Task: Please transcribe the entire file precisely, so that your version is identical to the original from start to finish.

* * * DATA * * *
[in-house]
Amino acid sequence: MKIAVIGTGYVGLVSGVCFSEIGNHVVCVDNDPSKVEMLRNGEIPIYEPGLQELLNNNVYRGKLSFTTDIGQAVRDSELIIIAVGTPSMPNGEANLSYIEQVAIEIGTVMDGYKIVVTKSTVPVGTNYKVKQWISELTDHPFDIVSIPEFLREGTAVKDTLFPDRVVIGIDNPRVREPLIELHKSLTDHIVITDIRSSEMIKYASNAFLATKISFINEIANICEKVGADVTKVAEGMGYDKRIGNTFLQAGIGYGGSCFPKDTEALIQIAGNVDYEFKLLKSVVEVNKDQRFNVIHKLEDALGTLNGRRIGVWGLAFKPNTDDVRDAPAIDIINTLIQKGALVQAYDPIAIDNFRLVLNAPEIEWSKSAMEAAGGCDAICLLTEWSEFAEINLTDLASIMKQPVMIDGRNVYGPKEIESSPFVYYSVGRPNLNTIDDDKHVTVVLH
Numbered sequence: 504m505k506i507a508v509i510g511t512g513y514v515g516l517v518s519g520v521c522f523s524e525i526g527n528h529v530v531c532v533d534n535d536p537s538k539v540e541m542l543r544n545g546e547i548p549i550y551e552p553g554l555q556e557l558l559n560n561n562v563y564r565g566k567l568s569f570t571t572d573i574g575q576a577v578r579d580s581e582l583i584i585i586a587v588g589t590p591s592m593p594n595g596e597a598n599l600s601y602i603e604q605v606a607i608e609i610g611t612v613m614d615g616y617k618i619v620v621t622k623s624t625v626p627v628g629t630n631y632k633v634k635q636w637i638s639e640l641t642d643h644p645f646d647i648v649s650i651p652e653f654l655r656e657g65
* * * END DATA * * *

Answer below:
[in-house]
Amino acid sequence: MKIAVIGTGYVGLVSGVCFSEIGNHVVCVDNDPSKVEMLRNGEIPIYEPGLQELLNNNVYRGKLSFTTDIGQAVRDSELIIIAVGTPSMPNGEANLSYIEQVAIEIGTVMDGYKIVVTKSTVPVGTNYKVKQWISELTDHPFDIVSIPEFLREGTAVKDTLFPDRVVIGIDNPRVREPLIELHKSLTDHIVITDIRSSEMIKYASNAFLATKISFINEIANICEKVGADVTKVAEGMGYDKRIGNTFLQAGIGYGGSCFPKDTEALIQIAGNVDYEFKLLKSVVEVNKDQRFNVIHKLEDALGTLNGRRIGVWGLAFKPNTDDVRDAPAIDIINTLIQKGALVQAYDPIAIDNFRLVLNAPEIEWSKSAMEAAGGCDAICLLTEWSEFAEINLTDLASIMKQPVMIDGRNVYGPKEIESSPFVYYSVGRPNLNTIDDDKHVTVVLH
Numbered sequence: 504m505k506i507a508v509i510g511t512g513y514v515g516l517v518s519g520v521c522f523s524e525i526g527n528h529v530v531c532v533d534n535d536p537s538k539v540e541m542l543r544n545g546e547i548p549i550y551e552p553g554l555q556e557l558l559n560n561n562v563y564r565g566k567l568s569f570t571t572d573i574g575q576a577v578r579d580s581e582l583i584i585i586a587v588g589t590p591s592m593p594n595g596e597a598n599l600s601y602i603e604q605v606a607i608e609i610g611t612v613m614d615g616y617k618i619v620v621t622k623s624t625v626p627v628g629t630n631y632k633v634k635q636w637i638s639e640l641t642d643h644p645f646d647i648v649s650i651p652e653f654l655r656e657g65